The Lost Art of Keeping in Touch

The nature of blogging – or at least the nature of my blogging – has changed somewhat since I started in 2002. I'm not sure what possessed me to begin back then, but I think it was Dee (at Animated Mind, these days) who originally tempted me to join in. I started under the title Green Boogers with a really awful green design, and to this day I have no idea why. I've never really liked green at all. In the beginning, I was also more protective of my anonymity, and that of the people I blogged about. A big part of it was probably that I was working for a company which I criticised openly, and the fact that the blog was a venting hole from the frustration caused by certain co-workers. That's why I started using pseudonyms for friends and such (and those friends who actually read the blog were excited to find what name I picked for whom), but these days all kinds of borders have begun to get a little hazy.

For one, I'm not exactly hiding my own identity – even if I haven't posted my full name anywhere, it wouldn't take too many clicks to find out who I am and what I do. The other thing is that a lot of the people I blog about are also blogging these days, and most of them are also using their real names, or post (and comment here) with their own pseudonyms (such as Pin-Pop or Cyber).

The other side is that this blog is still a venting hole for those occasions that need it, so I wouldn't be happy knowing everyone I know was reading this – for instance (a theoretical event, since I blog in English) I wouldn't want to worry my parents with my regular bouts of craziness, nor, I presume, would all prospective employers enjoy hearing everything I post here. Since the beginning of my blogging life, I've gradually started to edit and censor more things out, so that this now reads more like a journal and less like a diary. I actually prefer it that way, since I actually have a couple of readers outside of my immediate circle of friends, and although I can't imagine what would bring people here in the first place (I'm not exactly a dazzling wit or a wonderful story-teller), I can imagine that the inner workings of my mind and every little detail of my life is hardly entertaining to anyone. Oftentimes, not even myself.

Anyway, to this day I don't the exact reason to why I blog. In one way, it's become an easy way to let various friends around the world know what is happening in my life, since (cause or effect?) I'm terribly lazy keeping in touch in any other way except this or, occasionally, instant messaging. I think blogging, in general, has a great capacity to assist antisocial behaviour. It's really not necessary to talk about anything with friends anymore, when most conversations can start with "Like I said in my blog..." In fact, I've almost completely lost contact to people who don't use the internet for anything other than email.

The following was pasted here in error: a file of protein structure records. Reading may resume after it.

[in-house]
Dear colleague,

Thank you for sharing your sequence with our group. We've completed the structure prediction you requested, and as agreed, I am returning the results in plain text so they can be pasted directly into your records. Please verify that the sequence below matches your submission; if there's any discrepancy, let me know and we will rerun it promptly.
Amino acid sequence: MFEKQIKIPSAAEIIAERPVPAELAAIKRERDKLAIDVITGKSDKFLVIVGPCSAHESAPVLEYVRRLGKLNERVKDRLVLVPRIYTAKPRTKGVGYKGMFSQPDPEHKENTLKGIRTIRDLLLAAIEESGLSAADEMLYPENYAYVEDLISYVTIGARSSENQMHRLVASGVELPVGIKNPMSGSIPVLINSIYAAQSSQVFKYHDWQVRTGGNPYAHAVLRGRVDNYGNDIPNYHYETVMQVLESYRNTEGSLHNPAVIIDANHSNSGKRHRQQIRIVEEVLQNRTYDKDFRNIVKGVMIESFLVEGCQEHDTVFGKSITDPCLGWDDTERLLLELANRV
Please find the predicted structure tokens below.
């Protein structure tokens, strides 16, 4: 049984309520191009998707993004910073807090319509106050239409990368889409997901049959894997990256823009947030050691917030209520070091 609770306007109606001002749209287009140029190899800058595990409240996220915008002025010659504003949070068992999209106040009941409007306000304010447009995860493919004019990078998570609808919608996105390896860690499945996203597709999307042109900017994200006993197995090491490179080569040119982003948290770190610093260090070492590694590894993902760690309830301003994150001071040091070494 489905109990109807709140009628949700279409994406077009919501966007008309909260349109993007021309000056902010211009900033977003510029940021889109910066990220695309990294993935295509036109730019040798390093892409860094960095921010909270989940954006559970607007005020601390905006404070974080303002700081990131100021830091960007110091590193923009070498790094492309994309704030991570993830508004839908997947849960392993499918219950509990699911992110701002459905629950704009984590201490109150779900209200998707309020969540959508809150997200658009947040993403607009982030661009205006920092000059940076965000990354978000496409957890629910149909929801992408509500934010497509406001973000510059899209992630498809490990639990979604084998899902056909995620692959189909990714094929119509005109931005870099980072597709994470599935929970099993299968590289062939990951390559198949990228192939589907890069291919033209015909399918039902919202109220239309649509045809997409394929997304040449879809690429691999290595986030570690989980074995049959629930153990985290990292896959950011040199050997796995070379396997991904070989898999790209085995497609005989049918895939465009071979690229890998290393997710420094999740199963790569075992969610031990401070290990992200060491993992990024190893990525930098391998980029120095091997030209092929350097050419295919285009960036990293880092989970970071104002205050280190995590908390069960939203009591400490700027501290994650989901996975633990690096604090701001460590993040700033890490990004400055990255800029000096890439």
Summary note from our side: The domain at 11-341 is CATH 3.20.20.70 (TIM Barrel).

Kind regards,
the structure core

It's a pity, really, because the tradition of letter-writing is one of the most wonderful means of communication (whether it's electronic or not) to one another. It's... well, it's personal. (And, frankly, I hate both writing and receiving mass emails. I'd rather read or write a blog.) But really a sad fact is, in my case, I seem to have lost the ability. I can fairly easily write about my own life, and I can (still) have a face-to-face conversation without problems, but letter-writing is another art altogether. Aside from the obvious "How are you? What's happening in your life?" I can rarely think of anything else to ask of the other person (unless there's been previous discussion about something that's been going on in his life), and it feel terribly self-centered to write a lengthy letter to someone, talking about nothing other than yours truly.

And, that aside, unless something specific has happened, I usually have no idea what to write about. Just now, I wrote an email to my godmother whom I haven't seen for several years, and, since she's seen my sister recently, she knows I'm going to Korea... So I was lost for things to write about. I managed to scrounge up a few sentences about the traumatic experience of dyeing my hair brown (I can imagine how interesting she'll find that piece of information) and finished the email with a link to the new blog.

It's terrible. All it seems to say is "I don't have anything to say to you, go read all about it at whatever.com".

No comments: